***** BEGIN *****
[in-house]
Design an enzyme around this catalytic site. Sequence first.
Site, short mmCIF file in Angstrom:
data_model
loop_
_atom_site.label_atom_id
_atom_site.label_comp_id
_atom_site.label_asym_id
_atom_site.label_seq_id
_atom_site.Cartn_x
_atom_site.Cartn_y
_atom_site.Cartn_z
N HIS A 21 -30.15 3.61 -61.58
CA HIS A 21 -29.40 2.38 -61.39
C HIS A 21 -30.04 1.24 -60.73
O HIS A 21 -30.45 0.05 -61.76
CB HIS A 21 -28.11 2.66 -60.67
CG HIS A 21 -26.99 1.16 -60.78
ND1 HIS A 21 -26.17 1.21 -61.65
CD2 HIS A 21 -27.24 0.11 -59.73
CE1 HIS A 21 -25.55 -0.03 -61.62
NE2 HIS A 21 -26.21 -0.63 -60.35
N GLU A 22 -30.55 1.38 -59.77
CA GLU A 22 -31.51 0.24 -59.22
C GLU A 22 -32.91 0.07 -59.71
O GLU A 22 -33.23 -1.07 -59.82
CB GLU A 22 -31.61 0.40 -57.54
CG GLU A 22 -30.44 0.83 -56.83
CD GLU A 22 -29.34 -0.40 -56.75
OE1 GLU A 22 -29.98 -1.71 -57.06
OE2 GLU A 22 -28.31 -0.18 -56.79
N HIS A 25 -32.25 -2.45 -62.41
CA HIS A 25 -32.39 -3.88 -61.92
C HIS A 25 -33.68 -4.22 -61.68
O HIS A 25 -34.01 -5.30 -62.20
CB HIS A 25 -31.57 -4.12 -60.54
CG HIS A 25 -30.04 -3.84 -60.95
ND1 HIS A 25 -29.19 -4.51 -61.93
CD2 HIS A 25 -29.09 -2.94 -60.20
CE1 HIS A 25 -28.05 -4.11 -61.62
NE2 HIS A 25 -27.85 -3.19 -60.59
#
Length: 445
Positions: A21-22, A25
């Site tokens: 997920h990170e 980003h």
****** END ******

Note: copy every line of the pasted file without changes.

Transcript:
[in-house]
Design an enzyme around this catalytic site. Sequence first.
Site, short mmCIF file in Angstrom:
data_model
loop_
_atom_site.label_atom_id
_atom_site.label_comp_id
_atom_site.label_asym_id
_atom_site.label_seq_id
_atom_site.Cartn_x
_atom_site.Cartn_y
_atom_site.Cartn_z
N HIS A 21 -30.15 3.61 -61.58
CA HIS A 21 -29.40 2.38 -61.39
C HIS A 21 -30.04 1.24 -60.73
O HIS A 21 -30.45 0.05 -61.76
CB HIS A 21 -28.11 2.66 -60.67
CG HIS A 21 -26.99 1.16 -60.78
ND1 HIS A 21 -26.17 1.21 -61.65
CD2 HIS A 21 -27.24 0.11 -59.73
CE1 HIS A 21 -25.55 -0.03 -61.62
NE2 HIS A 21 -26.21 -0.63 -60.35
N GLU A 22 -30.55 1.38 -59.77
CA GLU A 22 -31.51 0.24 -59.22
C GLU A 22 -32.91 0.07 -59.71
O GLU A 22 -33.23 -1.07 -59.82
CB GLU A 22 -31.61 0.40 -57.54
CG GLU A 22 -30.44 0.83 -56.83
CD GLU A 22 -29.34 -0.40 -56.75
OE1 GLU A 22 -29.98 -1.71 -57.06
OE2 GLU A 22 -28.31 -0.18 -56.79
N HIS A 25 -32.25 -2.45 -62.41
CA HIS A 25 -32.39 -3.88 -61.92
C HIS A 25 -33.68 -4.22 -61.68
O HIS A 25 -34.01 -5.30 -62.20
CB HIS A 25 -31.57 -4.12 -60.54
CG HIS A 25 -30.04 -3.84 -60.95
ND1 HIS A 25 -29.19 -4.51 -61.93
CD2 HIS A 25 -29.09 -2.94 -60.20
CE1 HIS A 25 -28.05 -4.11 -61.62
NE2 HIS A 25 -27.85 -3.19 -60.59
#
Length: 445
Positions: A21-22, A25
């Site tokens: 997920h990170e 980003h």